Online sales lead exchange Reply.com launched a new automotive finance leads marketplace Monday, partnering with the Detroit Trading Company to help create what the company says will be the largest repository of consumers interested in securing car loans.
Promising to make the act of buying and selling sales leads “as easy as purchasing clicks from Google,” Reply.com said the automotive loan category would the first of several is plans to roll out on its lead platform.
Reply.com launched in April with the goal of building a platform that will enable smaller businesses a more cost-effective way of using the Internet to generate sales leads, Chief Executive Officer Payam Zamani told the E-Commerce Times.
Zamani’s own involvement with online media dates to 1994. He later funded Autoweb, which went public in 1999 and was later purchased by Autobytel.
Reply, he said, is meant to offer an alternative to cost-per-click (CPC) marketing through Google and others. “The category has not done enough to make it possible for those local businesses that have modest marketing budgets to take advantage of this channel,” Zamani said, adding that many such small businesses have difficulty grasping the economics of online marketing. “The fact is that CPC has also become quite complex. You almost need to be an expert to do it effectively.”
The marketplace will use a back-end technology platform for which Reply has patents pending and launched in the auto finance area because the company felt it could quickly generate liquidity there by attracting plenty of both buyers and sellers of leads.
Growing a Footprint
In addition to lead-generation sites and buyers that it attracts on its own, Reply is partnering with other networks to create a network-of-networks, Zamani said. The launch includes a partnership with the largest such network now in existence, the Detroit Trading Exchange.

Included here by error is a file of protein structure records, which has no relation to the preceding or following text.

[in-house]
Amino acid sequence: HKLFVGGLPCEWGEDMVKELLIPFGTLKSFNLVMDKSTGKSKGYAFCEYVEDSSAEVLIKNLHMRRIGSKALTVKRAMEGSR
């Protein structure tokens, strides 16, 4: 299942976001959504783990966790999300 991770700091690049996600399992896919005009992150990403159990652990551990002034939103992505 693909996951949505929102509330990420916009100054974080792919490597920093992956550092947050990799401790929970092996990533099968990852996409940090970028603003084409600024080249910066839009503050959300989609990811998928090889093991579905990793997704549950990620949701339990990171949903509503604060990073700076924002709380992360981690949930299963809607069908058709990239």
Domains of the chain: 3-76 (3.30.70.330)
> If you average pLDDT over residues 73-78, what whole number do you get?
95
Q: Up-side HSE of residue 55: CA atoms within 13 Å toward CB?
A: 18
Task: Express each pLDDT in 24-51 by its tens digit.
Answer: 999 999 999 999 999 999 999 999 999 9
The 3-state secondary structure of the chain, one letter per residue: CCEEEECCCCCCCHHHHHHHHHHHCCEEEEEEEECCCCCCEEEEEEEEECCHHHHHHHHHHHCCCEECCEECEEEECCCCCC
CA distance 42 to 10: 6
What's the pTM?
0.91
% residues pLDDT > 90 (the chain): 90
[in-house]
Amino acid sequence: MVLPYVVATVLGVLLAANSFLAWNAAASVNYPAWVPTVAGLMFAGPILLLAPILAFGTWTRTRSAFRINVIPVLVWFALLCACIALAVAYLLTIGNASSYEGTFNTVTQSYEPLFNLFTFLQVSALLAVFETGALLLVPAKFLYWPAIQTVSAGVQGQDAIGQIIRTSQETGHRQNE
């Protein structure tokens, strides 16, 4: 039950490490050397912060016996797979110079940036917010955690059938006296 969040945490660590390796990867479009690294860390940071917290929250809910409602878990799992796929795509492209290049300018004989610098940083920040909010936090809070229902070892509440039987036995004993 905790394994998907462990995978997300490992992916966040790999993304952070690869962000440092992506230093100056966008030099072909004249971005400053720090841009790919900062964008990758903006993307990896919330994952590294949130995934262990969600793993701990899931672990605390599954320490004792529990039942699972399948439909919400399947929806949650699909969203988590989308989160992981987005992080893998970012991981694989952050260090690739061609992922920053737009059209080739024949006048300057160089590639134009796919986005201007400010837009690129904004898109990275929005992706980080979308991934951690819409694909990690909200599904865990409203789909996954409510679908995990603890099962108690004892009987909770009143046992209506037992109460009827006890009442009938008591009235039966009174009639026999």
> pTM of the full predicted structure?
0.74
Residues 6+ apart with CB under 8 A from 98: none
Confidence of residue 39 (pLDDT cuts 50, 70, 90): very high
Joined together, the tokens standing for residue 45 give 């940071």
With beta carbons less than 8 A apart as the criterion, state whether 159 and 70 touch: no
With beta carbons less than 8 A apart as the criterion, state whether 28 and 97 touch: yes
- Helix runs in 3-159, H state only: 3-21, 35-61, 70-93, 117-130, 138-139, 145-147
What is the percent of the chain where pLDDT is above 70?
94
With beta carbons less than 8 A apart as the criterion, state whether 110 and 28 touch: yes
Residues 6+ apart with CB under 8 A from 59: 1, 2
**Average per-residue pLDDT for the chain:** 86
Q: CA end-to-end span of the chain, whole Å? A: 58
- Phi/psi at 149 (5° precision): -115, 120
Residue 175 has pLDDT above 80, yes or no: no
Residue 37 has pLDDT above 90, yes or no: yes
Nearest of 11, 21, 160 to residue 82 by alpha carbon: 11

The Detroit Trading Exchange is a trading venue where more than 300,000 automotive leads traded each month on a platform meant to emulate a stock-exchange marketplace based on transparency and competitive bidding.
“You have to have maximum distribution,” he said. “There are networks that have access to leads but don’t have maximum distribution, and so leads can’t be monetized. By combining all those relationships, we can enable the marketplace to become that much more efficient.”
Advertisers such as car dealerships will be able to go into the Reply.com platform and set up multiple campaigns, setting a monthly spending limit and customizing campaigns based on geography and other factors, such as car makes or models. Based on which campaigns generate more leads, advertisers can make adjustments to their marketing mix.
“There’ll be no reason to ever run an unprofitable campaign,” he said.
The platform was in development for a year, Zamani said, and is meant to be scalable and applicable to any category where ample liquidity can be generated by attracting both buyers and sellers.
The auto finance market is a logical growth target for Reply — it originally focused on generated real estate and auto sales leads — because automotive advertising spending is moving online in greater amounts each year.
Internet advertising spending in the segment more than doubled between 2005 and 2007, according to a recent report from eMarketer, while the amount spent on newspaper advertising fell more than 50 percent during the same time frame.
Zamani believes adding pay-per-lead to the marketing mix will only accelerate that trend.
Lead generation is something that many small businesses that don’t want to take a chance on other forms of online advertising might be willing to try, Forrester Research analyst Andrew Bartels told the E-Commerce Times.
In the past, such lead generation transactions have taken place on an individual basis, leading to inefficiencies and uncertainty about pricing, however.
“The benefit of an exchange that offers liquidity and transparency is that buyers can feel comfortable they’re paying a market rate and sellers know they’re getting top value as well,” Bartels said, adding that the players that are able to build the volume of buyers and sellers to maximize those efficiencies will be the ones that emerge as market leaders.